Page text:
CROWNPOINT-Friends of Crown Point State Historic Site will hold its annual meeting Saturday, May 7.
The gathering will be at 10 a.m. at the historic site museum, located at the base of the Lake Champlain Bridge that is now under construction.
Members will nominate officers as part of the annual business meeting. The meeting, and the group, is open to all interested people.
During the annual meeting members will review job descriptions of volunteer friends leaders, hear a report from the nominations committee and elect officers to lead the group in working toward this year's goals and priorities.
The friends group, working closely with site management, provides an extra measure of support for the benefit of the site's mission to preserve its history and to serve the visiting public. Paid members are eligible both to vote at the annual business meeting and also to hold office on the board of trustees.
"The declared purposes of this group are to support the improvement and development of the site; to conduct educational programs, services, and activities in keeping with the nature of the site; to assist in fund raising activities so that objects, equipment, and supplies may be purchased for the site; and to promote, conserve, develop, and interpret the site for the benefit of the public and posterity," explained Tom Hughes, Crown Point Historic Site manager.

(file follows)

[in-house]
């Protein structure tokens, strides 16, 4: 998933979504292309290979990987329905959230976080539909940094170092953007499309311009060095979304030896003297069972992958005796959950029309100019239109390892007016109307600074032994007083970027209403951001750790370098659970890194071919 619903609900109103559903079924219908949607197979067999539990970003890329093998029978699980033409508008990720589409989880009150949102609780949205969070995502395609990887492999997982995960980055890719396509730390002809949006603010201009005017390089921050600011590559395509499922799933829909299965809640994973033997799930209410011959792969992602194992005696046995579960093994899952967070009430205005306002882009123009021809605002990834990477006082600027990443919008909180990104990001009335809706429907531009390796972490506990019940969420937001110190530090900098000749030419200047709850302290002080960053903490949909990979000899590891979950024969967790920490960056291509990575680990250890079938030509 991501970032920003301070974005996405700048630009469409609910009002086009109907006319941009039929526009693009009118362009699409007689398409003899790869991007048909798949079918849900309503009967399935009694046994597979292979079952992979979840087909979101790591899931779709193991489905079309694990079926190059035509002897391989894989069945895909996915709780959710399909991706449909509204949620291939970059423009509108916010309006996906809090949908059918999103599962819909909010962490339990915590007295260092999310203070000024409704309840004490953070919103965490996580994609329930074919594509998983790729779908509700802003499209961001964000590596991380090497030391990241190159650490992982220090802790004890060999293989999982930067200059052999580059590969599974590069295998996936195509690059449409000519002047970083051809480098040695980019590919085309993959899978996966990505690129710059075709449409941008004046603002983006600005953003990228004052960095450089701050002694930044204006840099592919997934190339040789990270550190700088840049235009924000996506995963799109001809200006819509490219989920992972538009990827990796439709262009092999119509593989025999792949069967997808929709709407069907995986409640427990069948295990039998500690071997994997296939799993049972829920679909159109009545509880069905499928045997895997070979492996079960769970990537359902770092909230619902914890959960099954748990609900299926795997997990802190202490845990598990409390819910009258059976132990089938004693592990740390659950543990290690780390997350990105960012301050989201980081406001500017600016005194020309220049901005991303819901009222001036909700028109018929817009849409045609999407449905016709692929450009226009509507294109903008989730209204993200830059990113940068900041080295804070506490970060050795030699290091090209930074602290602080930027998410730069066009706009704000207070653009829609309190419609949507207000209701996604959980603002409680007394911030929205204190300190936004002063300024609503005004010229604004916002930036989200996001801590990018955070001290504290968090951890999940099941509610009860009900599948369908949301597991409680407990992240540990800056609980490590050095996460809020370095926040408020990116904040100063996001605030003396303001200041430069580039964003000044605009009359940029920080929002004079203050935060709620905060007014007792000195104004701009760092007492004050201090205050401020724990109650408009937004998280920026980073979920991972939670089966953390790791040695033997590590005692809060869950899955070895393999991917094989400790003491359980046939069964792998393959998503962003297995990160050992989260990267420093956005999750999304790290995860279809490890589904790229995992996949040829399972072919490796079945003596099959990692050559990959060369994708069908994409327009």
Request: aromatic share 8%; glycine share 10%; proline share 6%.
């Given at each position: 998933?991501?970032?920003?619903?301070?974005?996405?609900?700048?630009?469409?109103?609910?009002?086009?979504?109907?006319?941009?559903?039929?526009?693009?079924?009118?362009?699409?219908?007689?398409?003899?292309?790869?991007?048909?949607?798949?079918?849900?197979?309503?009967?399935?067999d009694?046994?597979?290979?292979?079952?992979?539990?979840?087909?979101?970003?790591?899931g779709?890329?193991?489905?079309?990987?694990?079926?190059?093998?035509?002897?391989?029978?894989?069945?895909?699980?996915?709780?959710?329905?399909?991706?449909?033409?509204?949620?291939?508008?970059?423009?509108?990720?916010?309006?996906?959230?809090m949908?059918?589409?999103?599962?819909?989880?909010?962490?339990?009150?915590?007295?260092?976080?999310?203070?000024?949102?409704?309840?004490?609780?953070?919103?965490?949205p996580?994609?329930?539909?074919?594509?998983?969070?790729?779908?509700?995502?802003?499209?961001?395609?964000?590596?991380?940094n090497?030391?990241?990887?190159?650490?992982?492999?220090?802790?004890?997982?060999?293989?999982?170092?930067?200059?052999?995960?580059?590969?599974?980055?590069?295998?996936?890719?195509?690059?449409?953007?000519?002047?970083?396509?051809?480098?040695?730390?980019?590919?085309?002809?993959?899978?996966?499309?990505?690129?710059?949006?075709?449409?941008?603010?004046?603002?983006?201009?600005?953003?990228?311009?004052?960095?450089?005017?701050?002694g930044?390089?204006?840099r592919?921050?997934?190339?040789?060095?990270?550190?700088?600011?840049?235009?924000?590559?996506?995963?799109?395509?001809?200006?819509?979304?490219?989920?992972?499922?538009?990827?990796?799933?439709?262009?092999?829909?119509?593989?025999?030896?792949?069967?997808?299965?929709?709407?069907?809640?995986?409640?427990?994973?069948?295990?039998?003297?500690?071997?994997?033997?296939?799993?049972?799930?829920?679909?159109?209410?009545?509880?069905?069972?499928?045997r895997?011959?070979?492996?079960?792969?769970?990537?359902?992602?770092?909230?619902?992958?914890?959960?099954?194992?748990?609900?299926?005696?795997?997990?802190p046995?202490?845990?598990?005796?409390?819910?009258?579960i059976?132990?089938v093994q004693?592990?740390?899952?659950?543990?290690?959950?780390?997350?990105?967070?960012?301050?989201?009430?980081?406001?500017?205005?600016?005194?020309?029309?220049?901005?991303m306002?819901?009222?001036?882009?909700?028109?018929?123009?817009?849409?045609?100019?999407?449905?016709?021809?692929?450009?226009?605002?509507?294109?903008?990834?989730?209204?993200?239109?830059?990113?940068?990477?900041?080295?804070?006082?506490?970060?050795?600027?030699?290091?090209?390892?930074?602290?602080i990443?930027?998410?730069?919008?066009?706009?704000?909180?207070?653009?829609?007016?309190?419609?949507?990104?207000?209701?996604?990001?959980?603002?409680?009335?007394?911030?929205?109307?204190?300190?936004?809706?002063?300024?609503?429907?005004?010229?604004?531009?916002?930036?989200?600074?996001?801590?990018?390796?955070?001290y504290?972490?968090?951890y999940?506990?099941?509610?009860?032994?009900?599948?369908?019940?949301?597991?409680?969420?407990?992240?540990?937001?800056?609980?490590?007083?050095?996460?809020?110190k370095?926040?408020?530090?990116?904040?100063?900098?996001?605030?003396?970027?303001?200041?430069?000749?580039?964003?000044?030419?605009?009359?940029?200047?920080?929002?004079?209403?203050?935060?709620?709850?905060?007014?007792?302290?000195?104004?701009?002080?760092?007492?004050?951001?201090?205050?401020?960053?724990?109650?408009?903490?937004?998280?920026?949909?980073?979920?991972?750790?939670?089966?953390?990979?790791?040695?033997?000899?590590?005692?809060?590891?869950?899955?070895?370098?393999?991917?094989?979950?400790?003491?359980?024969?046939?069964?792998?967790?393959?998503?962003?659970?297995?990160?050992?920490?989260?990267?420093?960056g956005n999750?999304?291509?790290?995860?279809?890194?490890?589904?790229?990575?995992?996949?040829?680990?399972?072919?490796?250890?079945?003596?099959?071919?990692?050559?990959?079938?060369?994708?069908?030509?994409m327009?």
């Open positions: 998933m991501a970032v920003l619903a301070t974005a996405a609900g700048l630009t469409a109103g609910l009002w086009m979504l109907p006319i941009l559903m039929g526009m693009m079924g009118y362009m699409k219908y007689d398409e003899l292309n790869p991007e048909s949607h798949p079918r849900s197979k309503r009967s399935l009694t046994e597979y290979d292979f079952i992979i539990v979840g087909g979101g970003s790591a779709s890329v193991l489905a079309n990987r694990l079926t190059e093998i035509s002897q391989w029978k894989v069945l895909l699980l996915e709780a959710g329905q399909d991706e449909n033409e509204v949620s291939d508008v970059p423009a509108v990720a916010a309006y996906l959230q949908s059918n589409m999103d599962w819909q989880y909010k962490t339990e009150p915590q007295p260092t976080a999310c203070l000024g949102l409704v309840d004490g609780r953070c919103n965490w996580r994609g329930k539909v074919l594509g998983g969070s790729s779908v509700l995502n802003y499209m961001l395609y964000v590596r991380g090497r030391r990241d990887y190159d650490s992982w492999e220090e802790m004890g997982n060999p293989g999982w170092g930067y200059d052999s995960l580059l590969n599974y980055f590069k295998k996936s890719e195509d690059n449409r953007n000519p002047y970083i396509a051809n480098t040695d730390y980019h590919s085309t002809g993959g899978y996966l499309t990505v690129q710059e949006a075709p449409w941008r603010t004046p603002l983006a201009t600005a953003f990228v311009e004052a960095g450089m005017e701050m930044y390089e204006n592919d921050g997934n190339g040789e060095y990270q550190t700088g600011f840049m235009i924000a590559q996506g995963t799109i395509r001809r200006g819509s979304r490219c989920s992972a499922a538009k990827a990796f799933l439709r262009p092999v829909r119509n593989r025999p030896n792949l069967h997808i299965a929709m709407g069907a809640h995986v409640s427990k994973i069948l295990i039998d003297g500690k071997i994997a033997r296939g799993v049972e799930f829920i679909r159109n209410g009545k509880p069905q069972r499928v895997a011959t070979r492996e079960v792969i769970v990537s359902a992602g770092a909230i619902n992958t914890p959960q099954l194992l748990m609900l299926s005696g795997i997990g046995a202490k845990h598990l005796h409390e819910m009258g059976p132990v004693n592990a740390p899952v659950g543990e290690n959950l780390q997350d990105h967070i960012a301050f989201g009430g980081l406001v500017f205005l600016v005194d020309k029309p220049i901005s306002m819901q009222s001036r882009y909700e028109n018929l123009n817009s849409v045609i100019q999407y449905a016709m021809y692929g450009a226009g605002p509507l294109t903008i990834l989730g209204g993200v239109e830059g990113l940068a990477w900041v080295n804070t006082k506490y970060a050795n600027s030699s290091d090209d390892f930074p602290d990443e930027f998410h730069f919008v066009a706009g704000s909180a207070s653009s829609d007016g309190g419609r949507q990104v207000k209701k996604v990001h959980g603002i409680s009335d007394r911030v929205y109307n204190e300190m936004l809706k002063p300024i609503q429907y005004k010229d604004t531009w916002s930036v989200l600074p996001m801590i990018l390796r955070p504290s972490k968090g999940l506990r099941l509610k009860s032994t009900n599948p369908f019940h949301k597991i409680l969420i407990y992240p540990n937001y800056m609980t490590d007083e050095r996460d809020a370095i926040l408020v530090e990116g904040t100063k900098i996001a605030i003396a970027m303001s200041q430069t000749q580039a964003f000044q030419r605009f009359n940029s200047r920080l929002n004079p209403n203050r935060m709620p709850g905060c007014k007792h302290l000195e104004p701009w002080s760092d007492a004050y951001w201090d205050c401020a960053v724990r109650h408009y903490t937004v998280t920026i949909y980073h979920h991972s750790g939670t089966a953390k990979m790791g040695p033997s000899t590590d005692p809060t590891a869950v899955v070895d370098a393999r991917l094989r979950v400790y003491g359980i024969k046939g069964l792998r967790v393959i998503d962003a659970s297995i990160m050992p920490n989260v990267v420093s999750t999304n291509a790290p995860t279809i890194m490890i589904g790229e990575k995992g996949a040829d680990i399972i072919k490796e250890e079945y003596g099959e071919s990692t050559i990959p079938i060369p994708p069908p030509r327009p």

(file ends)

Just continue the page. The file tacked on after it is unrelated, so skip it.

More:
"Among others, the reasons that people join friends groups include to have fun, to keep active, to meet people, to be a good neighbor, to gain skills and experience, to make a difference by helping others and to put talents or skills to good use," he added. "History buffs and outdoor enthusiasts alike enjoy Crown Point."
The Friends of Crown Point State Historic Site became a founding member of the Crown Point Chamber of Commerce this year and has also joined the Ticonderoga Area Chamber of Commerce.
Crown Point occupies a key location, both geographically and historically, Hughes said. Before the 1730s, Woodland Indians camped on the peninsula. In 1734, the French military built an impressive stronghold here, Fort St. Fr d ric, with its tall limestone tower and its fortified windmill. A quarter-century later, when the British arrived, they built a larger fortress at Crown Point, starting in 1759. The limestone ruins of both the French-built fort and of the earthen walls and stone barracks of the British fort have remained largely unchanged since a devastating fire burned the British fort in April 1773, two years before the start of the War for American Independence. Crown Point State Historic Site encompasses two registered national historic landmarks and is operated by the New York State Office of Parks, Recreation and Historic Preservation.
The site is located beside the north end of Bridge Road / Route 185.